Whenever there’s a break in the skin, infection is a possibility. The possibility of infection is elevated when a skin break occurs in the mouth because it is a bacteria-rich environment. Tongue piercing brings with it a bigger risk of infection at the site of the piercing.
Handling the jewelry further increases the risk as outside bacteria are added to the bacteria present in the mouth.
Swelling of the tongue is common after a piercing. Your tongue is in constant motion, which slows and complicates the healing process. There have been incidences so severe that tongue swelling obstructs the airway.
The tongue has many blood vessels and nerves. Any damage done to the blood vessels of the tongue carries the risk of serious blood loss. If a nerve is damaged during piercing, it may result in permanent damage with the potential to permanently affect speech or ingestion.
Bloodborne Disease Transmission Oral piercings have been identified by the National Institutes of Health as a possible factor in transmission of Hepatitis B, C, D and G.
Endocarditis, Recent studies show heart health is negatively affected by blood-borne oral bacteria. Tongue piercings increase the risk of endocarditis, an inflammation of the heart valves or tissues. The site of the piercing provides an opportunity for oral bacteria to enter the bloodstream and possibly travel to the heart. This presents a risk for individuals with cardiac abnormalities on which the bacteria can bind and colonize.
Jewelry-Related Complications Constant interaction with the tongue stud (or barbell) can damage the soft tissue of gums and tooth enamel. The soft tissue can be bruised or torn — but if the jewelry is in constant contact with the gums, it may cause the gums to recede. Chips and cracks to teeth are common as the metal continually strikes teeth.
Oral jewelry can also impede normal oral function by stimulating excess saliva. Jewelry may interfere with the normal formation of words and can cause problems with chewing and swallowing food. Jewelry that has come loose during the chewing process is a choking hazard—and if ingested, it can result in injury to the digestive tract.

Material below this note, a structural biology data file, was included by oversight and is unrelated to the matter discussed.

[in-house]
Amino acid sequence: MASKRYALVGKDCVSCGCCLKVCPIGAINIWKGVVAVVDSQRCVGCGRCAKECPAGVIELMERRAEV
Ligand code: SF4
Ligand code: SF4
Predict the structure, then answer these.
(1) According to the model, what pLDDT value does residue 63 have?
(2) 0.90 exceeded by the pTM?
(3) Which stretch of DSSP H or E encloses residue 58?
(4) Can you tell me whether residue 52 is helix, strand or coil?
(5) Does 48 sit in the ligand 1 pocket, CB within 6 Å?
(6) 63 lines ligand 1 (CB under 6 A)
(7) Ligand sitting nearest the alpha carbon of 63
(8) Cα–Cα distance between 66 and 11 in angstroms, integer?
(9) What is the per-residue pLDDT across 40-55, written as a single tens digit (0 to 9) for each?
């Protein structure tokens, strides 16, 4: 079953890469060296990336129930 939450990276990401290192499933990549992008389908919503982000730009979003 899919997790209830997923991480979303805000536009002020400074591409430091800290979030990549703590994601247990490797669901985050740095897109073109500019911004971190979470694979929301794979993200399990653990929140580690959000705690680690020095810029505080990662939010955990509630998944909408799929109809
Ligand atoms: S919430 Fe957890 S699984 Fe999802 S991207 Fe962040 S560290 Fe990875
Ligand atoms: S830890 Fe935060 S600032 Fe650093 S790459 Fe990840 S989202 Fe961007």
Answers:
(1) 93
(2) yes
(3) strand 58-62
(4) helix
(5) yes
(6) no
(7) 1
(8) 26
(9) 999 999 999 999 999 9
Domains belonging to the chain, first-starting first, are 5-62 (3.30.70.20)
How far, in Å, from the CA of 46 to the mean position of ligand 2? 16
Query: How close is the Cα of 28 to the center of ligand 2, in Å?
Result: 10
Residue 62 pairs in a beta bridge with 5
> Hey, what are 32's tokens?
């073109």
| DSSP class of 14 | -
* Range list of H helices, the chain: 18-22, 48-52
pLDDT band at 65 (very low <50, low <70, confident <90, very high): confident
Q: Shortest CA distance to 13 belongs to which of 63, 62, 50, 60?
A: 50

Tongue piercings may be the latest fad, but consider the risks to oral and overall health before taking the plunge. When undertaking something that can affect your health, always get complete information about the risks and as much information as you can about how to properly care for your piercing and oral jewelry.
Your dentist or dental hygienist can provide you with sound advice if you’re considering tongue piercing. They may have treated patients with oral piercings and can give you first-hand information, as well as the latest medical information. Being informed is your best defense in protecting your health—and there is no better resource in protecting your oral health than your dentist.
The cultural trend toward oral cheek—is meant to make the wearer of oral jewelry look cool, daring and maybe even fearless. After all, the wearer was subjected to physical pain to get their cutting-edge look. What many don’t count on is the considerable risk they take during and after the piercing takes place.